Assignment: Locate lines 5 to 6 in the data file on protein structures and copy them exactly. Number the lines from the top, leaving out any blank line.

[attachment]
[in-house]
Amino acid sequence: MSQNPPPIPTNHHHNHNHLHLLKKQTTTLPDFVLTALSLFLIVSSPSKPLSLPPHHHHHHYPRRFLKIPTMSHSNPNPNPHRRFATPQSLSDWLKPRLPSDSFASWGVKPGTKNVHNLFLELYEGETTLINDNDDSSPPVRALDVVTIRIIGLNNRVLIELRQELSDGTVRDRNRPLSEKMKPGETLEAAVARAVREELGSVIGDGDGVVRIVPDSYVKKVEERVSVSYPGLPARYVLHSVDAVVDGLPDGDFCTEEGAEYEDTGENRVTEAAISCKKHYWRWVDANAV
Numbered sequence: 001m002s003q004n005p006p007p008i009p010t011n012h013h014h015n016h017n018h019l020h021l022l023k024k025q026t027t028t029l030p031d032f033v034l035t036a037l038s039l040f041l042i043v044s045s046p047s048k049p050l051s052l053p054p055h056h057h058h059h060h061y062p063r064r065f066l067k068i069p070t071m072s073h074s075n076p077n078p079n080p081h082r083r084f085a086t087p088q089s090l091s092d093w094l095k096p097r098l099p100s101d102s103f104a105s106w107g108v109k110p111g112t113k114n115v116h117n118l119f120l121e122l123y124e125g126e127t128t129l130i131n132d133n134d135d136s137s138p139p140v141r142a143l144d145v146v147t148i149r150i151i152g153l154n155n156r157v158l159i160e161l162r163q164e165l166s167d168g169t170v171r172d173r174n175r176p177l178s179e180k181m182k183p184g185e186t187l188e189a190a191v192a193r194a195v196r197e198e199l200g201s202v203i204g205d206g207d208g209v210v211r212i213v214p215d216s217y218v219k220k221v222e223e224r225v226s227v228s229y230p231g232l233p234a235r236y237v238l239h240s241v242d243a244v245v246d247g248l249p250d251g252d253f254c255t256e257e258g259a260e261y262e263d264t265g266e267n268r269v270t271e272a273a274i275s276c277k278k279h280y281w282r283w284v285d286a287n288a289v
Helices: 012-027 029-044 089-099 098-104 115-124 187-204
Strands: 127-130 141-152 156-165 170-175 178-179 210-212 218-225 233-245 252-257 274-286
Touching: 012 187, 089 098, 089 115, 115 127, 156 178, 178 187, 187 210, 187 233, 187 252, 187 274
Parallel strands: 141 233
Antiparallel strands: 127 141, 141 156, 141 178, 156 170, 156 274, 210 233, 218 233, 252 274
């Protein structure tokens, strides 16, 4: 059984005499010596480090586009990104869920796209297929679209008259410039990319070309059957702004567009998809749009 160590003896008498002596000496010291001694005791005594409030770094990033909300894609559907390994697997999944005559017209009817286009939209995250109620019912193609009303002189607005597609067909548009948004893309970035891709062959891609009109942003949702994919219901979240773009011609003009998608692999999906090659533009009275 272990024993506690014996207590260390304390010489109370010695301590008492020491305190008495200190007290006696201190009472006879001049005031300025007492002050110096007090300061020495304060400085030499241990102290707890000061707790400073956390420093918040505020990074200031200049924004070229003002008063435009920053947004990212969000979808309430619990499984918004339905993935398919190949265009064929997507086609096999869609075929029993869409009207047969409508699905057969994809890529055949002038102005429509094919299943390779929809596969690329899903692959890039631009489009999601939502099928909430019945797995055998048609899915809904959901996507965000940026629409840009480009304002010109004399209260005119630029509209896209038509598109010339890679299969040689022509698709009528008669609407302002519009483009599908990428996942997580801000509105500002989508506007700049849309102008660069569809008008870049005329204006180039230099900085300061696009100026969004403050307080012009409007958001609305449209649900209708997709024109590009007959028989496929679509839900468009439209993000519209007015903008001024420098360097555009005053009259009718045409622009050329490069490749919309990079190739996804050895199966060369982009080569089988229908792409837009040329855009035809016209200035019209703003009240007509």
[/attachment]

Strands: 127-130 141-152 156-165 170-175 178-179 210-212 218-225 233-245 252-257 274-286
Touching: 012 187, 089 098, 089 115, 115 127, 156 178, 178 187, 187 210, 187 233, 187 252, 187 274